Vice President Lloyd Bentsen was inaugurated and was greeted with a strong approval rating, despite the swamp that President Jackson had left in his memory. While Jackson was ideologically committed to a strong fight against the Iranians, Bentsen had realpolitik in mind. This freed up the Democratic leadership in Congress, but they would bend rather than break: a 'deal' was formed that essentially maintained the status quo.

Many of us in this room reached the conclusion that things would not change within the current administration. The only solution would be to take the Maverick cause to the national stage and run for President. Our first set of opponents was in the Republican Primary. We met dithering moderates, headstrong extremists, and wonky peculiarists alike. Nonetheless, each problem was taken care of: Alan Simpson's activism was a staple of our campaign. Lowell Weicker's cohort has been absorbed. The rest of traditional Republicans have come to terms with my candidacy, while Armstrong's true believers have ended up as barnacles on Griffith's wasteland.

Each card fell into place, and we managed to trot our way towards the nomination after a lengthy war of attrition. Bentsen had a dubious hold on his own party's nomination, and between his own personal unpopularity and divisions in the Democratic Party, the incumbent was trailing us by a substantial amount. It looked as if the Mavericks' deft political calculation had outsmarted Jackson's Democratic Party and established itself as an unlikely tastemaker for the Republican Party.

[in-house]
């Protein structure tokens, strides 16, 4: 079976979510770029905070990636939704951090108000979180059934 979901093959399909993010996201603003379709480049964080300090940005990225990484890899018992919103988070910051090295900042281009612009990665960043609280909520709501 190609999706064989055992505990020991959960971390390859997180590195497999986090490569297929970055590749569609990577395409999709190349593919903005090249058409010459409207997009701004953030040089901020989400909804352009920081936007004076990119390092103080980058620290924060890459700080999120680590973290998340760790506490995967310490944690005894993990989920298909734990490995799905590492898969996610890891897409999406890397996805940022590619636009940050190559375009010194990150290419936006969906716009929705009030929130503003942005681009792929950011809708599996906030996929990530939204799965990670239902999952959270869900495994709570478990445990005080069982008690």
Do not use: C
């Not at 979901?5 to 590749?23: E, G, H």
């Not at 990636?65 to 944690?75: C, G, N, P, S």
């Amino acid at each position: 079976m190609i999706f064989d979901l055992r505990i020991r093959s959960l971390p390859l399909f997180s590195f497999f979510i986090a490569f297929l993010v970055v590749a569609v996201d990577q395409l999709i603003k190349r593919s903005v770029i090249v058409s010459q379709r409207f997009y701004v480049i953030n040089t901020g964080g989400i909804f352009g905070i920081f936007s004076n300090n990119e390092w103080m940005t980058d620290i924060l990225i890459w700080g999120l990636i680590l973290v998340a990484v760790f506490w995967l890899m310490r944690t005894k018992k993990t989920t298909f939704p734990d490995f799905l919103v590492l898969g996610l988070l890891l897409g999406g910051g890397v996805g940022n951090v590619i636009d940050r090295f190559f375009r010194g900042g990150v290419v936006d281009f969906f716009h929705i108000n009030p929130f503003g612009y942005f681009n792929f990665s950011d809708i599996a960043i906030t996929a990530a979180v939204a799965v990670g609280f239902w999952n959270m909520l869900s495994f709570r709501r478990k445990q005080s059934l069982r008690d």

This would be too easy. Shortly after I received the Republican nomination, Armstrong's cohort decided to take their ball and go home, quickly flocking to Laxalt once he won the Working Man's Party's nomination. Having already established some constituency for himself with his last presidential run, he threw things into disarray, and an unpopular Bentsen was set to win in a walk. The gambit had been set: the Mavericks' agenda was simply too divisive, and neoconservatives like Griffith were better equipped to set the tempo of the Republican Party.

We all knew better than that though. In the presidential debate, I held Bentsen's feet to the fire and exposed Laxalt's candidacy for the fraud it was. Bentsen's farce of a Middle Eastern campaign crumbled under the pressure of ragtag rebels late in the campaign season. Though let's not forget, you all were instrumental in bringing this to fruition; whether it be Thad's subterfuge, Snell's investigation, or Coventry's organizational skills.

Thad, you were perhaps the cornerstone to all of this. Your filibuster brought this issue to the fore, and not only endangered Northern Democrats, but also drove a wedge into the Democratic Caucus. It was only the buoy of sympathy that saved Democrats from a losing game of Chicken on the issue. Also, archiving a third-party convention that turned into a riot is pretty impressive.

Lawrence, your work here can't be ignored. Your eye for detail and spotting talent has helped us overtake most of the state Republican Parties in the past two years and also recruited additional Mavericks to Congress. You serve as my main liaison to the Senate, as well as the glue that holds our clique together and the wheel that rights my temperament.

Eric, I would like to say that yours is a story of sacrifice and selflessness. You have worked for hours on end to expose the past Democratic administration in campaign graft. Your good nature allowed you to quickly rise up in the ranks to Minority Leader, but when Republicans retook the House, you were gracious enough to let me take the Speakership. I promise I'll make good on the debts you've afforded me, my friend.